House passes third regulatory reform bill under veto threat

The House on Wednesday passed the Regulations from the Executive in Need of Scrutiny (REINS) Act, which would require a joint resolution of Congress to allow significant executive branch regulation to take effect. The 241-184 vote a day after President Obama threatened a veto.

It is the third major regulatory overhaul measure the House has passed this month. Chief sponsor Rep. Geoff Davis, R-Ky., has said the REINS Act is aimed at "restoring accountability and transparency to the regulatory process."

After it cleared the House Judiciary Committee in October, Chairman Lamar Smith, R-Texas, said: "The REINS Act reins in the costly overreach of federal agencies that stifles job creation and hinders economic growth. It restores the authority to impose regulations to those who are accountable to the voters -- their elected representatives in Congress."

The White House in its statement of administration policy said the bill's requirement that both chambers of Congress approve major new rules is unprecedented. "This radical departure from the long-standing separation of powers between the executive and legislative branches would delay and, in many cases, thwart implementation of statutory mandates and execution of duly enacted laws, increase business uncertainty, undermine much needed protections of the American public, and create unnecessary confusion."

It also said the 1996 Congressional Review Act already permits Congress to review regulations and noted that the administration has a governmentwide review of regulations well under way. "When a federal agency promulgates a major rule, it must already adhere to the particular requirements of the statute that it is implementing and to the constraints imposed by other federal statutes and the Constitution," the White House said. "Indeed, in many cases, the Congress has mandated that the agency issue the particular rule."

David Schoenbrod, a law professor currently a visiting scholar at the American Enterprise Institute, defended the bill on political grounds. "In a representative democracy, the right way to find out which regulations the voters desire is for their elected representatives to vote on them," he said. "The upshot would be that agencies would talk to centrist legislators before promulgating regulations. That is how we should get to sensible outcomes in a democracy, not by elected lawmakers hiding behind unelected agency officials."

The opposite view was expressed by Scott Slesinger, legislative director of the Natural Resources Defense Council. "All year long, the House has put the interests of big polluters ahead of the public's," he said. "The REINS Act would replace science and health with politics and pollution. Every nanosecond spent on this misguided effort was precious time that should have been devoted to solving America's very real challenges."

The REINS Act faces an uphill battle in the Senate, which last month rejected it as a floor amendment.

Stay up-to-date with federal news alerts and analysis — Sign up for GovExec's email newsletters.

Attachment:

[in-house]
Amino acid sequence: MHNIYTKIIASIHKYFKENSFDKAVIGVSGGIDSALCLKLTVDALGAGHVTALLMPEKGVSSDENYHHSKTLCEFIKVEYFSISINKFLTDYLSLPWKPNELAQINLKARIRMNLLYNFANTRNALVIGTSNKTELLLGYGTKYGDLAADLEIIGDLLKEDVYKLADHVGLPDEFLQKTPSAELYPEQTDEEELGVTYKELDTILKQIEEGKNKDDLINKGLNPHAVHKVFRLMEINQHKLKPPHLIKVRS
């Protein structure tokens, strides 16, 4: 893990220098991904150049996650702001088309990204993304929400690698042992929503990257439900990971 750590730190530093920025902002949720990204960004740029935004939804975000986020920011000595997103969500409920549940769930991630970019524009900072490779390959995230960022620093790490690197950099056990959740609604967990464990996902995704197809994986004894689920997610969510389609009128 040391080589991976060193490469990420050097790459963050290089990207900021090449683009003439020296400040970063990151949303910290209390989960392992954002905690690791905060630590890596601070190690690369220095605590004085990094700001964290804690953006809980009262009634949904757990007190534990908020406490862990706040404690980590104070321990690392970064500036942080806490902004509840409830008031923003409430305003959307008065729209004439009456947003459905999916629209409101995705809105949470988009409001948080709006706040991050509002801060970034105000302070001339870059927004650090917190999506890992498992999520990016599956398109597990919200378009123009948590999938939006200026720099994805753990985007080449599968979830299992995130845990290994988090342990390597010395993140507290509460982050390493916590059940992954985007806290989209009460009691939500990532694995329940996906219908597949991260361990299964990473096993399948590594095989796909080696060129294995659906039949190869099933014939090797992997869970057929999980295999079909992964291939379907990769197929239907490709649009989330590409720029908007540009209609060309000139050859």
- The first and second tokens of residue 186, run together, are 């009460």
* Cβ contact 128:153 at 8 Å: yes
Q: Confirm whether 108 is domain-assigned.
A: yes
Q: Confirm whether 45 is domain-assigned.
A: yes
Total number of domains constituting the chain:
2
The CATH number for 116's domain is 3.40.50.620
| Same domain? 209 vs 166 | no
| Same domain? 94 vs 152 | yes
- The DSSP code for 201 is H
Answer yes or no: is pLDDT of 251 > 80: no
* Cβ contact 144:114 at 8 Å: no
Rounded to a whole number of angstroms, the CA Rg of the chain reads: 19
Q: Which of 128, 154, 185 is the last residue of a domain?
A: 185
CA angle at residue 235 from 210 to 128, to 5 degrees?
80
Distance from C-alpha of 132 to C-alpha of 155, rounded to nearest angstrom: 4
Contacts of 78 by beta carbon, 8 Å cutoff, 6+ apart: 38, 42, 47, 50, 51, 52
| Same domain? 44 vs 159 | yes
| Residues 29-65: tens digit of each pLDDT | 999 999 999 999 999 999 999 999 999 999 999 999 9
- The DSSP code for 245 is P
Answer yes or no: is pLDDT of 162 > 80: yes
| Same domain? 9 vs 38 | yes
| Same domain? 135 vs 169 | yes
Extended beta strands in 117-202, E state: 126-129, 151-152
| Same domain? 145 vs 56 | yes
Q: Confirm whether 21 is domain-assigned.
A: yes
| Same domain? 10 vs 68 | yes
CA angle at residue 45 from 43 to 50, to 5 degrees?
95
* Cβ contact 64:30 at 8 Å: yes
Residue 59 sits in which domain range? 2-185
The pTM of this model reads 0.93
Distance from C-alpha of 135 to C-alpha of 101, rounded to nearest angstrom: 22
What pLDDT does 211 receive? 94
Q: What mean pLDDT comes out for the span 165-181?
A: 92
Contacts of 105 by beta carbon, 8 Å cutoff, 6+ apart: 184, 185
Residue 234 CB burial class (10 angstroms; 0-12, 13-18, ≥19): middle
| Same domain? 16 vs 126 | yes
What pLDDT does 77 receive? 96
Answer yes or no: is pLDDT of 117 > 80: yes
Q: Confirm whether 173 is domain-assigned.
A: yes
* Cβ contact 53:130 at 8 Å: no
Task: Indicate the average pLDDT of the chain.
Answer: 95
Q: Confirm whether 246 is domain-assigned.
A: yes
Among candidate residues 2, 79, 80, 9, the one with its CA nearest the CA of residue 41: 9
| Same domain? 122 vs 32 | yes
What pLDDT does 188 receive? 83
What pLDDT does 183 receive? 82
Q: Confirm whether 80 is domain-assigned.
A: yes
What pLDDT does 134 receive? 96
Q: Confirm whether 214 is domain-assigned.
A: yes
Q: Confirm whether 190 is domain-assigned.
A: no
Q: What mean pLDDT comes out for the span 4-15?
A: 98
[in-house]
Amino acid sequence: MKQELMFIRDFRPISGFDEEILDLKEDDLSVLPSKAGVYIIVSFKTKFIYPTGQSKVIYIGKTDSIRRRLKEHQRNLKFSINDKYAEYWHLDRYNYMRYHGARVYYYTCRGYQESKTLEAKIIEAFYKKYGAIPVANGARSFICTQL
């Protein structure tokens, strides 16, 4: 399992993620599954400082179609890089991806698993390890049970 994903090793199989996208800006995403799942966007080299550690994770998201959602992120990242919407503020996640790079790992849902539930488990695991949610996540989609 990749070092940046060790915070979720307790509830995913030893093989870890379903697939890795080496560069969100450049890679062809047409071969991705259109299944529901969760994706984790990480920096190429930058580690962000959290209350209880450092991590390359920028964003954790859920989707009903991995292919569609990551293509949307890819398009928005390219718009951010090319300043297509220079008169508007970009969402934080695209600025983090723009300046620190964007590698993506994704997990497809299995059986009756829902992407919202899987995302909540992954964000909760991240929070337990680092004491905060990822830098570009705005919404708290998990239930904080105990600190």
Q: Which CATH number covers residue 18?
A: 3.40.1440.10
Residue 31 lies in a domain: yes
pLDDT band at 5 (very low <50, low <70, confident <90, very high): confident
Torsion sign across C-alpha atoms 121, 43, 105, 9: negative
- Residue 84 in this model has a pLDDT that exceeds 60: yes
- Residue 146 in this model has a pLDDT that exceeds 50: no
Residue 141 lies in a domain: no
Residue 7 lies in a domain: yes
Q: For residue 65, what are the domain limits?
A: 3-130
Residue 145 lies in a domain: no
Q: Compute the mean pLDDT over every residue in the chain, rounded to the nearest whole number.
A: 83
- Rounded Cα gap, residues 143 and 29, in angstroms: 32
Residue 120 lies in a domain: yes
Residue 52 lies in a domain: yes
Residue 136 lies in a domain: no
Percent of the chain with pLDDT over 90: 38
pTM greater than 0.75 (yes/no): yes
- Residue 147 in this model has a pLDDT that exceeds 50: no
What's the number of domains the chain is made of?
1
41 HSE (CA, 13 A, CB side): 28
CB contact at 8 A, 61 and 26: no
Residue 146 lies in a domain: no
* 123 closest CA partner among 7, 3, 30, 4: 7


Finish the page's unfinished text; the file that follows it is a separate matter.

FROM OUR SPONSORS
JOIN THE DISCUSSION
Close [ x ] More from GovExec
 
 

Thank you for subscribing to newsletters from GovExec.com.
We think these reports might interest you:

  • Sponsored by G Suite

    Cross-Agency Teamwork, Anytime and Anywhere

    Dan McCrae, director of IT service delivery division, National Oceanic and Atmospheric Administration (NOAA)

    Download
  • Data-Centric Security vs. Database-Level Security

    Database-level encryption had its origins in the 1990s and early 2000s in response to very basic risks which largely revolved around the theft of servers, backup tapes and other physical-layer assets. As noted in Verizon’s 2014, Data Breach Investigations Report (DBIR)1, threats today are far more advanced and dangerous.

    Download
  • Sponsored by One Identity

    One Nation Under Guard: Securing User Identities Across State and Local Government

    In 2016, the government can expect even more sophisticated threats on the horizon, making it all the more imperative that agencies enforce proper identity and access management (IAM) practices. In order to better measure the current state of IAM at the state and local level, Government Business Council (GBC) conducted an in-depth research study of state and local employees.

    Download
  • Sponsored by Aquilent

    The Next Federal Evolution of Cloud

    This GBC report explains the evolution of cloud computing in federal government, and provides an outlook for the future of the cloud in government IT.

    Download
  • Sponsored by LTC Partners, administrators of the Federal Long Term Care Insurance Program

    Approaching the Brink of Federal Retirement

    Approximately 10,000 baby boomers are reaching retirement age per day, and a growing number of federal employees are preparing themselves for the next chapter of their lives. Learn how to tackle the challenges that today's workforce faces in laying the groundwork for a smooth and secure retirement.

    Download
  • Sponsored by Hewlett Packard Enterprise

    Cyber Defense 101: Arming the Next Generation of Government Employees

    Read this issue brief to learn about the sector's most potent challenges in the new cyber landscape and how government organizations are building a robust, threat-aware infrastructure

    Download
  • Sponsored by Aquilent

    GBC Issue Brief: Cultivating Digital Services in the Federal Landscape

    Read this GBC issue brief to learn more about the current state of digital services in the government, and how key players are pushing enhancements towards a user-centric approach.

    Download

When you download a report, your information may be shared with the underwriters of that document.